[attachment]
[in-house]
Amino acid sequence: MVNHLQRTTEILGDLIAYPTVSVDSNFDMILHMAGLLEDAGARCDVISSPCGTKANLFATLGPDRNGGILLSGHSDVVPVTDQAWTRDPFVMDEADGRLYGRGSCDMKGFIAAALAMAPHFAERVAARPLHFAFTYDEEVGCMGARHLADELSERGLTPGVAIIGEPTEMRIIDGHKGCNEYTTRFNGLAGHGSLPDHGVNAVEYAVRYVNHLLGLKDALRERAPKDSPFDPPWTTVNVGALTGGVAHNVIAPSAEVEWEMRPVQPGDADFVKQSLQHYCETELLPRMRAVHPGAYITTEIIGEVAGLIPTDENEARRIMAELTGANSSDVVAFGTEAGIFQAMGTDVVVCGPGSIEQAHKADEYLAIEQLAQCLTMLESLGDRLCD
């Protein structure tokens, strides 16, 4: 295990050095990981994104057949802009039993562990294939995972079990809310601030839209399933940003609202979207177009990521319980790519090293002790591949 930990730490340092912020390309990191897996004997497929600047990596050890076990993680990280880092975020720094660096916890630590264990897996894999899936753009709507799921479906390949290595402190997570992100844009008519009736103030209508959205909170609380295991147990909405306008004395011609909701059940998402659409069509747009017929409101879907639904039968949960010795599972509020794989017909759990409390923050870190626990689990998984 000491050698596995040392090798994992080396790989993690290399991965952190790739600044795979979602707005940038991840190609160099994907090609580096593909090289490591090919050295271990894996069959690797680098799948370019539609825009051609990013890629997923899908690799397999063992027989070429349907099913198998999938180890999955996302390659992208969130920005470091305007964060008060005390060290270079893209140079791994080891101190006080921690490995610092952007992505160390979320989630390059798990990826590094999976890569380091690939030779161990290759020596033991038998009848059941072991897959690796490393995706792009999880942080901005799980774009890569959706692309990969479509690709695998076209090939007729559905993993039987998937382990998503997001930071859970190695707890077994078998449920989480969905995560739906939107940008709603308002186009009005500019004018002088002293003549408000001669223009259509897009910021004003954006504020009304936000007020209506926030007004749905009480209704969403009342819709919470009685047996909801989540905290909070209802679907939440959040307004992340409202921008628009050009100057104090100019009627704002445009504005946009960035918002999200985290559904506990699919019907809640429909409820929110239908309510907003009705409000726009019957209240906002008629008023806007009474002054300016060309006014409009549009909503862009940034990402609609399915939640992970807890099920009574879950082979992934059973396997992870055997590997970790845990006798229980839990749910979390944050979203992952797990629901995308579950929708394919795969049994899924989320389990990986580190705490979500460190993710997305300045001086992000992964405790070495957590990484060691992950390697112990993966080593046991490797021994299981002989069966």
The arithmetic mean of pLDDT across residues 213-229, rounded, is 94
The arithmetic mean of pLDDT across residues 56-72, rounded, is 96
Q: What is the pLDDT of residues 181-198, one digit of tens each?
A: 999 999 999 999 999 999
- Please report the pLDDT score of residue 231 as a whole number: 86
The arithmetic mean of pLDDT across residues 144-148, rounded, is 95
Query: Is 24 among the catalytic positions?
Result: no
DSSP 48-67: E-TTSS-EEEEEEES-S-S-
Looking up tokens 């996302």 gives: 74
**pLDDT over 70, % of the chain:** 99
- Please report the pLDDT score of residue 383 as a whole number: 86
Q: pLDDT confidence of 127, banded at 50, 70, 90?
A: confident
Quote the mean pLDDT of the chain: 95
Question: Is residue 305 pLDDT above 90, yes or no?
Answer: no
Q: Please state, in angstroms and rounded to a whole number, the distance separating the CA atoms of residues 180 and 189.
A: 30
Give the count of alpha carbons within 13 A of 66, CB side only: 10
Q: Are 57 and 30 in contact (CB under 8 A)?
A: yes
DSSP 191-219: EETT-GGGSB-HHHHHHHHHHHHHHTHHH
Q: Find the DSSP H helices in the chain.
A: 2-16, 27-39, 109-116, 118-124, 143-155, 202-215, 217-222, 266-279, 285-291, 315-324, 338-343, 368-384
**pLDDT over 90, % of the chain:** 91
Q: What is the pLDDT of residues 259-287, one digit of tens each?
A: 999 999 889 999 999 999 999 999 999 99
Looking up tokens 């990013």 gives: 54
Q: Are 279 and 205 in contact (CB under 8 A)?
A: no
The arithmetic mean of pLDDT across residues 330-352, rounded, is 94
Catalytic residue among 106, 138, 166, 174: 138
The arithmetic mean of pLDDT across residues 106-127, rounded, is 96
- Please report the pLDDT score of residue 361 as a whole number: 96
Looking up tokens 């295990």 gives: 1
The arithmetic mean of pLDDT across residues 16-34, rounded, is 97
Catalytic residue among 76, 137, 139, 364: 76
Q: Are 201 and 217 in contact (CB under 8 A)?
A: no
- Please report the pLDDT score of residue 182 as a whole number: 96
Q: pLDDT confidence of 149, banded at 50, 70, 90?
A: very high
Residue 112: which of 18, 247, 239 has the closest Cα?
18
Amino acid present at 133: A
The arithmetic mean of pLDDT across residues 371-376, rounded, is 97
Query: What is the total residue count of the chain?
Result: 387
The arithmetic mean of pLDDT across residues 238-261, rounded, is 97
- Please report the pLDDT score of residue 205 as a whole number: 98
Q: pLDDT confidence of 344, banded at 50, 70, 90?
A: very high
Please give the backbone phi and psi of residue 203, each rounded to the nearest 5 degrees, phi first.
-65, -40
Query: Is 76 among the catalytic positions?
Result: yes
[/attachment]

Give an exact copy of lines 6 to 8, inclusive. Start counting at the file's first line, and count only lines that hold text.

Q: What is the pLDDT of residues 181-198, one digit of tens each?
A: 999 999 999 999 999 999
- Please report the pLDDT score of residue 231 as a whole number: 86